Learning to engage the senses

Year 4 students at St Charles’ School Waverley engaged their senses on a quest to appreciate the basic flavours of different foods during Week of Tastes.

Guest chef Matthew Kemp, from Waverley’s Charring Cross Hotel, presented students with foods including Radicchio, parmesan, limes, Greek yoghurt, and strawberries coated in orange juice and fresh vanilla from a pod to taste test. His visit on August 11 was part of the annual Week of Tastes program, which aims to get children to appreciate food with all five senses, enrich their food vocabulary, and make healthier food choices.

Year 4 teacher Leanna Langlands said students had written about their most memorable meal and learnt about different foods and tastes – including bitter, salty, sweet, sour and umami. They held a blindfolded taste-test in class ahead of Mr Kemp’s visit to better appreciate the role smell plays in appreciating the taste of food. Lemons, grapefruits, vegemite and fresh mint were on the menu.

 

 

 

“It has been a very successful program,” Mrs Langlands said. “Every year that they have done it the children have come out raving about how much they loved it. It shows them that there’s more to food than just eating it very quickly, that there’s more to taste.”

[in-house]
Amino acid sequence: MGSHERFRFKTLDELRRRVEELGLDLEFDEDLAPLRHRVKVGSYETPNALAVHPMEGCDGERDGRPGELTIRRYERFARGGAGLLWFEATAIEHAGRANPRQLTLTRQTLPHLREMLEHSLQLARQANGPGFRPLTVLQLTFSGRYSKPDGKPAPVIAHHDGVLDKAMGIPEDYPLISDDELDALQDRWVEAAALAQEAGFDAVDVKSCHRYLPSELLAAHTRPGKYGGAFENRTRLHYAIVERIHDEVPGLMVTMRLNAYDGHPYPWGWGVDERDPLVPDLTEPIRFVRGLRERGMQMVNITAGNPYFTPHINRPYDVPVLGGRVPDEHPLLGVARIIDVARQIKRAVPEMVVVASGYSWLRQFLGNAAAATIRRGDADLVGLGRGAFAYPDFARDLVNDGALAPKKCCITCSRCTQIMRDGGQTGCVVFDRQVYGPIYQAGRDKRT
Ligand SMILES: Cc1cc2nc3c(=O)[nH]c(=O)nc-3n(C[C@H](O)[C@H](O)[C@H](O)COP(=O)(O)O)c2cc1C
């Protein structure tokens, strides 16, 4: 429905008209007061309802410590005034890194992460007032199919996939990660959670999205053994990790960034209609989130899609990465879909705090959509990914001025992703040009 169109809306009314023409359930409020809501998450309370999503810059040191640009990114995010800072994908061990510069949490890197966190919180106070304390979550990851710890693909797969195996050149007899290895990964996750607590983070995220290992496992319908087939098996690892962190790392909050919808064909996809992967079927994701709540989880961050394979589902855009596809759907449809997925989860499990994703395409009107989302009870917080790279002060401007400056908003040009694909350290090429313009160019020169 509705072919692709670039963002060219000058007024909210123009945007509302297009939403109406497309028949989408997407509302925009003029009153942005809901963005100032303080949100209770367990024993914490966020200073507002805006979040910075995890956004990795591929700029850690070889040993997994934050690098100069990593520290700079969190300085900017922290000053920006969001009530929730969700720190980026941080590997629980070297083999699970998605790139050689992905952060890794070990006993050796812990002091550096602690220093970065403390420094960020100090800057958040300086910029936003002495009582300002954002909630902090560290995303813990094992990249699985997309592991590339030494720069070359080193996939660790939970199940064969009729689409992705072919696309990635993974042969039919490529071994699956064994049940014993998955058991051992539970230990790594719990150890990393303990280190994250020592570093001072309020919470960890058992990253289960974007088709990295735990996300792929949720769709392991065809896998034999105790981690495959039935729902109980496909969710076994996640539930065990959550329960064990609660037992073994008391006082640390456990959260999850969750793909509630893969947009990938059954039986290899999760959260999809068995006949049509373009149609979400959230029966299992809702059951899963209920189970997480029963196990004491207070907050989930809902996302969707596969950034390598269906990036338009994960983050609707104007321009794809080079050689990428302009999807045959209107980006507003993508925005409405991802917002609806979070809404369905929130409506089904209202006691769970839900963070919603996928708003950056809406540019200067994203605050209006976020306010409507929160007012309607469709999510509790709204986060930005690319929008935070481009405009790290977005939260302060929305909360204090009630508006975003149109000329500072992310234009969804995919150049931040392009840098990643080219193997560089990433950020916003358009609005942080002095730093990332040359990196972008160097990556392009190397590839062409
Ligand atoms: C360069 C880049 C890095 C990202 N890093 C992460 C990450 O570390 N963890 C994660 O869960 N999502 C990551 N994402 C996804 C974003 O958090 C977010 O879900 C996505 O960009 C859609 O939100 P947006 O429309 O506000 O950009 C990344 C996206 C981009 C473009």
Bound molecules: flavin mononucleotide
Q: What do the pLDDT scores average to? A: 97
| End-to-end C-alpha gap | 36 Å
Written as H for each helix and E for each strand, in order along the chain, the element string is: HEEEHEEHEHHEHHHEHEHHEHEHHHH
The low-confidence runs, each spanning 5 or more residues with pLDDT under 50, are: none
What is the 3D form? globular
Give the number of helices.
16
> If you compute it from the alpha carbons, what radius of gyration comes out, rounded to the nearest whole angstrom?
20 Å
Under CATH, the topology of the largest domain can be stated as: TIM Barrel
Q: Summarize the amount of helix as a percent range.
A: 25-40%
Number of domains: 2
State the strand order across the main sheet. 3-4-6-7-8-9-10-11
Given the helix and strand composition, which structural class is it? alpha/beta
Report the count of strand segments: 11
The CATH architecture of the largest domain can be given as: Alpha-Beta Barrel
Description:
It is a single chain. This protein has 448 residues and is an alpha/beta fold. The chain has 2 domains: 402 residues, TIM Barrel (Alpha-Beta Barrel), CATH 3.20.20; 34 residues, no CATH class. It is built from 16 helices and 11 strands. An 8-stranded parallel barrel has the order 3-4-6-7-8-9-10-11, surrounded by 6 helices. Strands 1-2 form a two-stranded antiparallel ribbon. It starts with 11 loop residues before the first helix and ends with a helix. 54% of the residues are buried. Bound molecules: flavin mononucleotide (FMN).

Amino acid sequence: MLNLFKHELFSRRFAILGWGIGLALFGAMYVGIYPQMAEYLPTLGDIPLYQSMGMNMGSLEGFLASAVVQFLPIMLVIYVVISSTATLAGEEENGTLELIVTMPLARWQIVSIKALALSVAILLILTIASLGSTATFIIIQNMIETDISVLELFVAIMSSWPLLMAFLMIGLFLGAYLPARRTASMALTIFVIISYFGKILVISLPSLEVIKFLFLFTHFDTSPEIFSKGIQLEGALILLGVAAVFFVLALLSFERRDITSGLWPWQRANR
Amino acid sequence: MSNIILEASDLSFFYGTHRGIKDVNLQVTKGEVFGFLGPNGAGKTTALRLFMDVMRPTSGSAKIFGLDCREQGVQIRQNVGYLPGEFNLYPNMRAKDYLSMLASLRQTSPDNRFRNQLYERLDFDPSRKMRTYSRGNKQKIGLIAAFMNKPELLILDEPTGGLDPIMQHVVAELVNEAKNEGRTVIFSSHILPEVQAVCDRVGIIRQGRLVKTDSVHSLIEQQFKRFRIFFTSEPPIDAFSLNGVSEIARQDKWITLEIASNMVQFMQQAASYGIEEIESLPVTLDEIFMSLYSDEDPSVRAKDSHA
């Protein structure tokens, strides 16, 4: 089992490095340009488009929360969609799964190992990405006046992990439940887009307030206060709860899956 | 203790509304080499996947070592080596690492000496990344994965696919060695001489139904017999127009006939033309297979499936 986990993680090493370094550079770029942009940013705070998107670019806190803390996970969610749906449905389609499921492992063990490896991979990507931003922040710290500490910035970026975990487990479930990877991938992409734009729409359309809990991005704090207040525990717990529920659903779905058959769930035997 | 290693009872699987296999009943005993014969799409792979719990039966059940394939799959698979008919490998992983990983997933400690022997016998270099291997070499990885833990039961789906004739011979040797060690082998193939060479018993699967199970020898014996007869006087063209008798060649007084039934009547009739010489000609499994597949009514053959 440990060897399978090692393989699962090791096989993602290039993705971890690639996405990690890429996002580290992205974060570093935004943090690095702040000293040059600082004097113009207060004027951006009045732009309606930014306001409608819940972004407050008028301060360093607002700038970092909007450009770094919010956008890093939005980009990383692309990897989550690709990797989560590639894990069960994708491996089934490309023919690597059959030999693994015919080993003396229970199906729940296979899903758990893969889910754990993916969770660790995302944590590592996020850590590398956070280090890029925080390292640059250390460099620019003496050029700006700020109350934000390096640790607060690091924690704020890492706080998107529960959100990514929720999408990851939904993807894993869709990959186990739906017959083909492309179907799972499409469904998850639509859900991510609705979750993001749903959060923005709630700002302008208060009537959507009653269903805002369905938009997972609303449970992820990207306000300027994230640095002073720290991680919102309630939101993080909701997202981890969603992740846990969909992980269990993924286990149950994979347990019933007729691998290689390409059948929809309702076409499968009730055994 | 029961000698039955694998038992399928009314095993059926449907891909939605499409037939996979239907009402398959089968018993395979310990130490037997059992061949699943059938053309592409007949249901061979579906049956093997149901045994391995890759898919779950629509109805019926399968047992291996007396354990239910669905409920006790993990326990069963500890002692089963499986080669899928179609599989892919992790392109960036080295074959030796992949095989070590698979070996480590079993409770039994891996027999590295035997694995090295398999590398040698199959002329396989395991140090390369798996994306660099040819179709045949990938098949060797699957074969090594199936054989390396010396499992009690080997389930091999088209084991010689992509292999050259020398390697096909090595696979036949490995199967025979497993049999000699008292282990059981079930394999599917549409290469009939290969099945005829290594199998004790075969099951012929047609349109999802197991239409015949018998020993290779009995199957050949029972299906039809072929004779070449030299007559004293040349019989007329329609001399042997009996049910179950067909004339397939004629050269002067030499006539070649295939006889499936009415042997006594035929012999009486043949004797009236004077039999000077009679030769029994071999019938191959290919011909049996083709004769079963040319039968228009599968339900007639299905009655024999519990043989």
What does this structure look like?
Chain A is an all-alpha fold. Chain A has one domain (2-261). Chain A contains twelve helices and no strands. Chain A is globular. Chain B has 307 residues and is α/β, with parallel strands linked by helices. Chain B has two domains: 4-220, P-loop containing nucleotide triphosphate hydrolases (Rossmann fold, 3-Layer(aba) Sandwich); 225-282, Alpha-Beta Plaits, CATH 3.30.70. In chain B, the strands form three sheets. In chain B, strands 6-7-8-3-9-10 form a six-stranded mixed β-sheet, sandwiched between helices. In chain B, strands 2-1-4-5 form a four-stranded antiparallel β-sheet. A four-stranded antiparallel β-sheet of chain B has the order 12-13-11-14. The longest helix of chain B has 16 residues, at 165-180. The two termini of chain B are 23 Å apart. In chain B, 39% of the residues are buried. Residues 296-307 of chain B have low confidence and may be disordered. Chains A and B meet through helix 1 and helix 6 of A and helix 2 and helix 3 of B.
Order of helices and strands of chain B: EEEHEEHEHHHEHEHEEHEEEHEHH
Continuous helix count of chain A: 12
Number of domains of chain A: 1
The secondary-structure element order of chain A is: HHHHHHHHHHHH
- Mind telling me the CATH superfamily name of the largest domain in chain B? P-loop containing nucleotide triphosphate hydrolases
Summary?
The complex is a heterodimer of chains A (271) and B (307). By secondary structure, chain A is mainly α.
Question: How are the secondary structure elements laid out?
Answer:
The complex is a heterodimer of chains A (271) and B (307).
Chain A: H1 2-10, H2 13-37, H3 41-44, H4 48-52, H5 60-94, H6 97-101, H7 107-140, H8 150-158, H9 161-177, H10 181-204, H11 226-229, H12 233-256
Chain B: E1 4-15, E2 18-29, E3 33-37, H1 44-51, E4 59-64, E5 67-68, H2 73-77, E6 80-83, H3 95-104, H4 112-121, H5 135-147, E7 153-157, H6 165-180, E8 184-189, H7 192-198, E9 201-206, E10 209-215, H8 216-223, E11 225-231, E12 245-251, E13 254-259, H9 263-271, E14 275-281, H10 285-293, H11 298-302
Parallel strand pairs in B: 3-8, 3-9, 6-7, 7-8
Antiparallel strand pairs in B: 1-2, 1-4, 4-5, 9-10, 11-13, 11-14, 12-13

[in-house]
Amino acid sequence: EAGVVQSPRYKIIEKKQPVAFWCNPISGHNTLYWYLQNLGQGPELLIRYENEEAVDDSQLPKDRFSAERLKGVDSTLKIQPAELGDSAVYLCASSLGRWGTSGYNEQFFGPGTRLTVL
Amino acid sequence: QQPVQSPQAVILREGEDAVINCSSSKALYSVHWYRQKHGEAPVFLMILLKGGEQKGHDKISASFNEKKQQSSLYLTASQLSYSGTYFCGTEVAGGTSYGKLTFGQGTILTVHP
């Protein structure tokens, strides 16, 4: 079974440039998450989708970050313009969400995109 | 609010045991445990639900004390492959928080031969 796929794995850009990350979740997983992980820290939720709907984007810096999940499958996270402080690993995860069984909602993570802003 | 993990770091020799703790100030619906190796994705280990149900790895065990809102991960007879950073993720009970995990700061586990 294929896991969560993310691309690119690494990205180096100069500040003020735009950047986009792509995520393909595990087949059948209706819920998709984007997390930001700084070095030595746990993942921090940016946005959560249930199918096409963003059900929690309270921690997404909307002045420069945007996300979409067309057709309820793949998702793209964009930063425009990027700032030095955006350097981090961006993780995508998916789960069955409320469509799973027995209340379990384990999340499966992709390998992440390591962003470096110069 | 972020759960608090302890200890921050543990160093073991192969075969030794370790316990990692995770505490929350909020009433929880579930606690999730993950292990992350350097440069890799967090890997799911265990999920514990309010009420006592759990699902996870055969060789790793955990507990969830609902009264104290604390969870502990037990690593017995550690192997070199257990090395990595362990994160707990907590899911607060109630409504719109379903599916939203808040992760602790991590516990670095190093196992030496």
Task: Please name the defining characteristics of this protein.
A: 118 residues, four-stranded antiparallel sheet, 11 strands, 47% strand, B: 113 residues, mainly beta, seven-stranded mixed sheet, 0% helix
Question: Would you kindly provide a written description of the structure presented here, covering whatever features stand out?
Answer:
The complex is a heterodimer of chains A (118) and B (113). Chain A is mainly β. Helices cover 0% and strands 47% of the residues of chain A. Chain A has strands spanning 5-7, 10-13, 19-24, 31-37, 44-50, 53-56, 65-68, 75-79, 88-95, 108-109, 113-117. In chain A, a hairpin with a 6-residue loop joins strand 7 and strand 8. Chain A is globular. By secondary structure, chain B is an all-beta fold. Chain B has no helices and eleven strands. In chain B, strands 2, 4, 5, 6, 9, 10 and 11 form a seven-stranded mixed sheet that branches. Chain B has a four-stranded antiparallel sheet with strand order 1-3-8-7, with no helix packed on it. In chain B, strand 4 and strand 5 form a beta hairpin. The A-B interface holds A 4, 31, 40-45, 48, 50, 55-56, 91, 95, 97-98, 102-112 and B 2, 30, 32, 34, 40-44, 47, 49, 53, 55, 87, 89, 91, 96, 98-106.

Mr Kemp said the program exposed children to fresh ingredients.

“I think it’s about health, about getting the kids to think about fresh food,” he said. “If they’re tasting things and thinking about them, then they’re thinking about their diet and hopefully that will help them when they’re out in the real world to actually think about a combination of flavours rather than buy takeaway. A basic understanding of food is so important and if you can get them to know how to put together half a dozen good dished by the time their 16 or 18, like how to cook a roast chicken nicely, it will help them in life.”

Students also learnt how salt was harvested and that naturally occurring algae gave the Murray River variety its pale pink tinge. They listed to anecdotes of how one land-locked Australian restaurant gives its customers headphones to listen to the sound of the ocean as they eat fish and chips to better appreciate the flavour, and how research had shown music played at a slow tempo allowed patrons to better taste their food, as did serving some ingredients, like tomatoes, at room temperature.

“I thought the strawberries were the best,” said Cooper Harrison, 9. “They were combined with lots of flavours, sweet and sour, even a little bitter. The experience was really good. I had lots of questions to ask because I’m very interested in food.”

Oscar Jager, 10, also enjoyed the strawberries the most. “I liked how he told a story then got the vanilla beans and got the orange peel and squeezed some orange juice over them – I thought that was very creative of him,” he said. “I learnt how you shouldn’t have too much of a taste because it can get blocked up on your tongue.”

Ila King and Mia Shalhoub, both 9, said parmesan was their favourite taste of the day. “It was a bit salty and I discovered umami –it’s a different taste,” said Ila. “It was really interesting because I hadn’t seen some of those foods before, like the radicchio.”

“My favourite was the parmesan because it was quite strong, and I liked smelling all the different foods, especially the liquid smoke and the vanilla beans,” Mia said.

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